The Republic of Budjak: Next in line?
The idea of the Republic of Budjak appeared at the turn of the 1980s and 1990s within the process of a national awakening triggered by perestroika. The republic was supposed to include the localities where Gagauzians and Bulgarians lived in southern Moldova and, in another variant, were also in the neighboring southern part of the Ukrainian Odesa region. No such scenario was realised, however Gagauzians from Moldova managed to create their (separatist) republic that existed till 1994 when their region was granted autonomous status within a unitary state. From time to time, the idea of the Republic of Budjak had returned.
Crucially, it was highlighted in a November 2014 report by Kyiv-based “Da Vinci AG” Analytic Group because of the Russian-Ukrainian conflict, attracting the attention of some mainstream newspapers such as Nezavisimaya gazeta and The Economist.
Bessarabia spring of 2015
The “Da Vinci AG” Analytic Group warns in its report that the Republic of Budjak could be established in the spring of 2015. It would be rather called the Bessarabian People’s Republic, alluding to the already existing peoples’ republics of Donetsk and Luhansk, and it would not be limited just to Gagauzians and Bulgarians, encompassing the whole southern part of the Odesa region. However, the irredentism could start in Moldova’s autonomous unit of Gagauzia. This area is labelled by the report’s authors as the main focus of Russia’s activity in the region, which began with an (illegally) organized referendum in February 2014. Then the vast majority had supported Moldova’s integration with the Russia-led Eurasian Customs Union instead of the EU (which is promoted by the central government) and stated that if Moldova were to lose its sovereignty (another reference for further integration with the EU), Gagauzia would became an independent republic. In the group’s opinion, new tensions could be related to the elections of Gagauzia’s governor taking place in March 2015.
The reports says that the establishment of the Bessarabian People’s Republic would be supported by Russia. The point is it would destabilise the region by creating new hot spots in two pro-Western, unfriendly states and by additionally thawing the Transnistrian conflict. It would also allow to have a stronghold used to attack in the direction of Odesa and open a new, south-western front in Ukraine.
The Group mentions other factors that are in favour of triggering separatism in the southern part of the Odesa region. The first one is proximity to Moldova’s breakaway republic of Transnistria with Russian troops that could be quickly moved to secure the Bessarabian People’s Republic. It could be cut from the rest of Ukraine by control over just two roads located at either side of the Dniester Estuary. Additionally, it is a multi-ethnic region, including Ukrainians (40 per cent of the population), Bulgarians (21 per cent), Russians (20 per cent), Moldovans (13 per cent), and Gagauzians (4 per cent). Moreover, there are significant national enclaves, in other words villages dominated by a single ethnic group, and there are links between Bulgarian and Gagauzian elites from Ukraine and Moldova. Another favourable factor is the poor socio-economic situation of the region (while Russia’s patronage could bring improvements). Finally, the population’s political preferences are of great importance—it votes mainly on parties and politicians that promote tightening links with Russia and developing Eurasian integration project.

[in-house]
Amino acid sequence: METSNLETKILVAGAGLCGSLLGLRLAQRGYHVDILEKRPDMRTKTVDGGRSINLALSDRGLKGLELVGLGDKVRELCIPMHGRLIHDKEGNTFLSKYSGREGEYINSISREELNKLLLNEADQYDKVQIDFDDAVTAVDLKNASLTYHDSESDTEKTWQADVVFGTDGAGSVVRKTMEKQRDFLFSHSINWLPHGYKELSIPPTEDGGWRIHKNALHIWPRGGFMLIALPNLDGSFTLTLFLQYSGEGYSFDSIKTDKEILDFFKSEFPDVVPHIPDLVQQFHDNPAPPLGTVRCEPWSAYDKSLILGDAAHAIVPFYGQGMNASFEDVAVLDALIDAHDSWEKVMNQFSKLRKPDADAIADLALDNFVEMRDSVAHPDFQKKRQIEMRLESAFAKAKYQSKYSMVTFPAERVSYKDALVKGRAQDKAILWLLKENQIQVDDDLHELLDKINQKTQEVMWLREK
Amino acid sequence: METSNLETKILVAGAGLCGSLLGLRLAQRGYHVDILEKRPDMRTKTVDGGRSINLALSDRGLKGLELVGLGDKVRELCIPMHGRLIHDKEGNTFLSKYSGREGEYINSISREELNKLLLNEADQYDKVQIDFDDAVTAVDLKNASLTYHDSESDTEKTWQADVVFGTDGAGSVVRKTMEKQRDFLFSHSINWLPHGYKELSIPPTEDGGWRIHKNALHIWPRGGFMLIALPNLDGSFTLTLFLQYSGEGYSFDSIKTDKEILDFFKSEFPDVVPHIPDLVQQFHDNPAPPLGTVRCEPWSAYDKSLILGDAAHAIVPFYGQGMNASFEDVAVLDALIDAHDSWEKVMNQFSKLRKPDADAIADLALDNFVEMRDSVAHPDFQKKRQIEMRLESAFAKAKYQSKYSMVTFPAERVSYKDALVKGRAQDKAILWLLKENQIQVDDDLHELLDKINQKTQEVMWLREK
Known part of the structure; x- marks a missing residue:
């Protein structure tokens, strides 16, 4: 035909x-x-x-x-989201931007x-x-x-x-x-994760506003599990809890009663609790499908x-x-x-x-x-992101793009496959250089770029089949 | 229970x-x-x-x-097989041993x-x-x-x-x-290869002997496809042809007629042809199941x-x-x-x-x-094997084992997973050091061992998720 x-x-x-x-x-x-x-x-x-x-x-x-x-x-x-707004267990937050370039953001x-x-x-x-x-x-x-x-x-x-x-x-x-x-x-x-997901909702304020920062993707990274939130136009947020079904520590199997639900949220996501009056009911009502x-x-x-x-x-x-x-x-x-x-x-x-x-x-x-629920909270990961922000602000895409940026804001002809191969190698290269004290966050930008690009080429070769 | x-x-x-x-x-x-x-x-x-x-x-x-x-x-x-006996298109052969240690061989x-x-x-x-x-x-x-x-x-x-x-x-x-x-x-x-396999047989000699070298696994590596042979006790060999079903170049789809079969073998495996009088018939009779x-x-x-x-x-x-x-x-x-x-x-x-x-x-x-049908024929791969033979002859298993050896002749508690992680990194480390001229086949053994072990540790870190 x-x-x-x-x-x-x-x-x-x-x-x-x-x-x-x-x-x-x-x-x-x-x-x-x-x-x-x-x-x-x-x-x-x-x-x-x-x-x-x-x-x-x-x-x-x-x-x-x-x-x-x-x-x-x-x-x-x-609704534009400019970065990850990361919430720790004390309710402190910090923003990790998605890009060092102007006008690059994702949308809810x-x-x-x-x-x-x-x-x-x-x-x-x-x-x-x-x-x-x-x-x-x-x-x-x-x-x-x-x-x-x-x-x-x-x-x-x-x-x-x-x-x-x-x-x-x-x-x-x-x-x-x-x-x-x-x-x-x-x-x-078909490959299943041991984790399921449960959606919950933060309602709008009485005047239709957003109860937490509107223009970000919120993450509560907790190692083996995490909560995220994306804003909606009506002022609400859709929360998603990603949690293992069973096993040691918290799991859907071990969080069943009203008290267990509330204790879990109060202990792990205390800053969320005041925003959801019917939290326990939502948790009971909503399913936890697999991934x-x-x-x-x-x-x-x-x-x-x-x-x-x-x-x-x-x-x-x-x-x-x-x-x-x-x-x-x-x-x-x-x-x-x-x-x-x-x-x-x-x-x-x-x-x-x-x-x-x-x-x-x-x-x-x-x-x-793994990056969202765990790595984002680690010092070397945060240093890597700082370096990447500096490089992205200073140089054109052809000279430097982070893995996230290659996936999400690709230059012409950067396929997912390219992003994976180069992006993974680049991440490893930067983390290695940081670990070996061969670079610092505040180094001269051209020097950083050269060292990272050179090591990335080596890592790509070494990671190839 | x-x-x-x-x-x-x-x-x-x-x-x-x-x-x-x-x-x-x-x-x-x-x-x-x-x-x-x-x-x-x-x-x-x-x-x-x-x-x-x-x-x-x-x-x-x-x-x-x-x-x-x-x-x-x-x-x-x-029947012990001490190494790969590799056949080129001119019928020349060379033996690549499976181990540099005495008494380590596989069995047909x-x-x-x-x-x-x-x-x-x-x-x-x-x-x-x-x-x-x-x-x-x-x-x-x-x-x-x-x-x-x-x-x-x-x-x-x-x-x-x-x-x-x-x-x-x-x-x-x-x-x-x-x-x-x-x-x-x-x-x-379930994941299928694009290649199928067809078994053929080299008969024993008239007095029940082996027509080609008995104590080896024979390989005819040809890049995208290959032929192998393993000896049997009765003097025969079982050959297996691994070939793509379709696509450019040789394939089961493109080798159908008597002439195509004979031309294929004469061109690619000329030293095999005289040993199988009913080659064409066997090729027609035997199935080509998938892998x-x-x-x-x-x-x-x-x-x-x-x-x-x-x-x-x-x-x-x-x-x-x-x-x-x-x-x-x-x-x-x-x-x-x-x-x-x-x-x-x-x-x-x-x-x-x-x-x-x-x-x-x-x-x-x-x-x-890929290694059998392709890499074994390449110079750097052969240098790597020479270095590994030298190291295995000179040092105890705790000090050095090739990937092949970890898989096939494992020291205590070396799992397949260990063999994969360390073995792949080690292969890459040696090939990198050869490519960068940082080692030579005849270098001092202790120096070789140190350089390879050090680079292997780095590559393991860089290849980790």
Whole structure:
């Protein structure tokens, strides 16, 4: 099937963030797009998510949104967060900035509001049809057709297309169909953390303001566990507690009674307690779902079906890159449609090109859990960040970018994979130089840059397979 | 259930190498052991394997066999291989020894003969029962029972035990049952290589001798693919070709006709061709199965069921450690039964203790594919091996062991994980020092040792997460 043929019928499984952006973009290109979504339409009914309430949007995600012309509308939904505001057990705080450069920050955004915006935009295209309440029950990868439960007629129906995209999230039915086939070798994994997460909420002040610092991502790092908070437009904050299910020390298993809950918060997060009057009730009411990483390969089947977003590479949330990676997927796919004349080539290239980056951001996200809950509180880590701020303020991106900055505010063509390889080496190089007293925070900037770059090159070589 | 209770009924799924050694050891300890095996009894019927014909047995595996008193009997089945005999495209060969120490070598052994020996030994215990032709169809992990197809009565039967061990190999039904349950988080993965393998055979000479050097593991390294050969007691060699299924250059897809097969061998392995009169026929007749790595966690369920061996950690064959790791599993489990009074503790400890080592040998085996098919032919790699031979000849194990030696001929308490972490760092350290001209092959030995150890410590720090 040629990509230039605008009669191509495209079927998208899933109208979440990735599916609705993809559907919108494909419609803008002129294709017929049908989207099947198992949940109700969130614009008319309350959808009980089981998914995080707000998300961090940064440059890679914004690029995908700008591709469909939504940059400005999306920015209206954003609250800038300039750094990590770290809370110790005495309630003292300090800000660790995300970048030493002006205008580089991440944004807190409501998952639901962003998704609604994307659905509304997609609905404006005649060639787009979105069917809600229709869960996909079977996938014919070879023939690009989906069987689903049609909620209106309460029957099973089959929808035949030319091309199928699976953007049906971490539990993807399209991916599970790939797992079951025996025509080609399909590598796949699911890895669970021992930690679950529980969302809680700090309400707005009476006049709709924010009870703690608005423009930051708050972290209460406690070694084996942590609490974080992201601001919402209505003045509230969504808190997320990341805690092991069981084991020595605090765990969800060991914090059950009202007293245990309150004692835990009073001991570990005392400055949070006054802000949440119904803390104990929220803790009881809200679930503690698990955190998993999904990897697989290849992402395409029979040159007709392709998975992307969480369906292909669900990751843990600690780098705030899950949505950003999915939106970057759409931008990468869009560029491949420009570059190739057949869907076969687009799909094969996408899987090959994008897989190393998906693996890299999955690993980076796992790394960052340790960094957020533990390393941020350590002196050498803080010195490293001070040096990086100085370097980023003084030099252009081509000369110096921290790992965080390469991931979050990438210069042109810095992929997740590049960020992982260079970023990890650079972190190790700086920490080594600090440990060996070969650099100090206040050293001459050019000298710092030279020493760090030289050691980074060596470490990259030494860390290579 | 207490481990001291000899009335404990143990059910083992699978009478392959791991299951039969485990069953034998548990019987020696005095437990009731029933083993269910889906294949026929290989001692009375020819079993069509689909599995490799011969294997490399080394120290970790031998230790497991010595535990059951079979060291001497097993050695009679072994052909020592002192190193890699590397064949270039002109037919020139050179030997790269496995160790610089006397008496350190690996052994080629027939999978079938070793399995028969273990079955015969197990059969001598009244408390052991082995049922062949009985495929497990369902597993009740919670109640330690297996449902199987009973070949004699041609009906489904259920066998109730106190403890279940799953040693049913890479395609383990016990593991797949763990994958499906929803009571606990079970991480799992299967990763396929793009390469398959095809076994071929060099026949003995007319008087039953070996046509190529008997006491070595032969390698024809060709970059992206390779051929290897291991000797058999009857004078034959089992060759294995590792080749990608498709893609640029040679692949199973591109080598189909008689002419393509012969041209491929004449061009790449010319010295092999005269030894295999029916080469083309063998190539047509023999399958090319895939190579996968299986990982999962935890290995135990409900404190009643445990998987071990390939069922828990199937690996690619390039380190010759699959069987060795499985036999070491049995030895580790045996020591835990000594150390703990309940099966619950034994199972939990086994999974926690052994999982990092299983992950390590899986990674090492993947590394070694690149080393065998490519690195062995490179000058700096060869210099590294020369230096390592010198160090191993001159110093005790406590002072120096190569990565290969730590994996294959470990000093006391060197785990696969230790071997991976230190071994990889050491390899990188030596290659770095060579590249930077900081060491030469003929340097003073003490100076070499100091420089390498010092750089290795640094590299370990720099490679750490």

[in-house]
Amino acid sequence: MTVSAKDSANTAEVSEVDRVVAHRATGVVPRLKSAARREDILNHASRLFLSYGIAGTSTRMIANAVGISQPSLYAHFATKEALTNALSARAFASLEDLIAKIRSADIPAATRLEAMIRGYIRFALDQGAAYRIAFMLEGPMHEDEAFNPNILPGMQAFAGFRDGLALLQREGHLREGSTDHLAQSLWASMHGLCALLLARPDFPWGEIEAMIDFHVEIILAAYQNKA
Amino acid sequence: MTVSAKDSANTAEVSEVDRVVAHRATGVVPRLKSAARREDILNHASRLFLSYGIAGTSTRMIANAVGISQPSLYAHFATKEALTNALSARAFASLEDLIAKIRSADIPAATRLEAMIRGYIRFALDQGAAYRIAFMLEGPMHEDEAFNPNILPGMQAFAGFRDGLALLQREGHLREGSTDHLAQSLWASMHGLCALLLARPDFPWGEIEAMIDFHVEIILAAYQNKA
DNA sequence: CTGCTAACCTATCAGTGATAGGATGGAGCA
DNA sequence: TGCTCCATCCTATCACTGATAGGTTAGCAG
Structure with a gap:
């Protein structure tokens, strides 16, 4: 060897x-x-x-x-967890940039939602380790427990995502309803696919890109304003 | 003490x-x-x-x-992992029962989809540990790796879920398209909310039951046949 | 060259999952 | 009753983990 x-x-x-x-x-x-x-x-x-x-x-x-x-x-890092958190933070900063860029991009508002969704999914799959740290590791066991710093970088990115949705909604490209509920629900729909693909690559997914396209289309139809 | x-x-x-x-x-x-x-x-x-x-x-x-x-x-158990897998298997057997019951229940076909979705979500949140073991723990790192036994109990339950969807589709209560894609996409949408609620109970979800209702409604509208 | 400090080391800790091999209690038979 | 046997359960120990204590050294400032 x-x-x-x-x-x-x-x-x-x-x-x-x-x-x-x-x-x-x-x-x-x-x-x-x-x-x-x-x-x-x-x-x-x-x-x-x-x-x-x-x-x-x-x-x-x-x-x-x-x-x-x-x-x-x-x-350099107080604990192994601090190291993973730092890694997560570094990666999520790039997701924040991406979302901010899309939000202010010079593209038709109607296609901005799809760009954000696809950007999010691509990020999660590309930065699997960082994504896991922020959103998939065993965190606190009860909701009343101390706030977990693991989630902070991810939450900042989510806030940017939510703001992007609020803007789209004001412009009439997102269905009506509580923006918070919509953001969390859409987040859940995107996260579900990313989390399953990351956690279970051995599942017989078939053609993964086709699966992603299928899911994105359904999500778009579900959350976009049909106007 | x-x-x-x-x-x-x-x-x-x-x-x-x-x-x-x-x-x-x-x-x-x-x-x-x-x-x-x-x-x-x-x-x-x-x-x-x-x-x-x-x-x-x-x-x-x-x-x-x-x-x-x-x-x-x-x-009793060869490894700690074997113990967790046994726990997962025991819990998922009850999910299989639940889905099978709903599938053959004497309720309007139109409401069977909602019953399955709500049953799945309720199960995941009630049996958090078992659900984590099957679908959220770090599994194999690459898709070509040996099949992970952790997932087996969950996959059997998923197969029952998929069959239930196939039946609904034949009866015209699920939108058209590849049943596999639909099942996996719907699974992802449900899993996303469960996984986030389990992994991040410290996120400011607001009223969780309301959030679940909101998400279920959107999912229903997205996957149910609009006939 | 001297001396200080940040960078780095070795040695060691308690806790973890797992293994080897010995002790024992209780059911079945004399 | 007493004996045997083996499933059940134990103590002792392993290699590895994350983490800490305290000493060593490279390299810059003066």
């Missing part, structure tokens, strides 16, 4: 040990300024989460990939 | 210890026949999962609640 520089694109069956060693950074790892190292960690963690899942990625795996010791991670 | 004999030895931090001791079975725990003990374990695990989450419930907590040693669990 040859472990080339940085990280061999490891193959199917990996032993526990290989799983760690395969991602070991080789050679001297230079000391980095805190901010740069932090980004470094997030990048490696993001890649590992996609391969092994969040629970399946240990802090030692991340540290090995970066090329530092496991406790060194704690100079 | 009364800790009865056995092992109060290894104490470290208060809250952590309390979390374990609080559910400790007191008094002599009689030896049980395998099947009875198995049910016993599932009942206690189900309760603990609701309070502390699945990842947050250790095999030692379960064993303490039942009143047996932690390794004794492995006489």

The train has already left
Although the annexation of Crimea by Russia and a conflict in eastern Ukraine illustrate that no scenario should be excluded while there have even been some provocations in Moldova’s and Ukraine’s southern regions, it seems that the establishment of the Republic of Budjak or the Bessarabian People’s Republic is hardly likely. First of all, people from the Moldovan and Ukrainian parts of the would-be separatist republic do not want war like in Donbas. “The main slogan during the October 2014 parliamentary election campaign in my region was peace,” emphasised Viktor Drozdov from the Izmail State Humanities University. Additionally, anti-Kyiv feelings in the Odesa region were cooled by unexplained tragic events that took place in its main city on May 2nd 2014, resulting in deaths of more than forty pro-Russian, anti-Maidan activists. And other southern and eastern Ukrainian regions have managed to deter separatism. “So, the train has already left,” Drozdov concluded.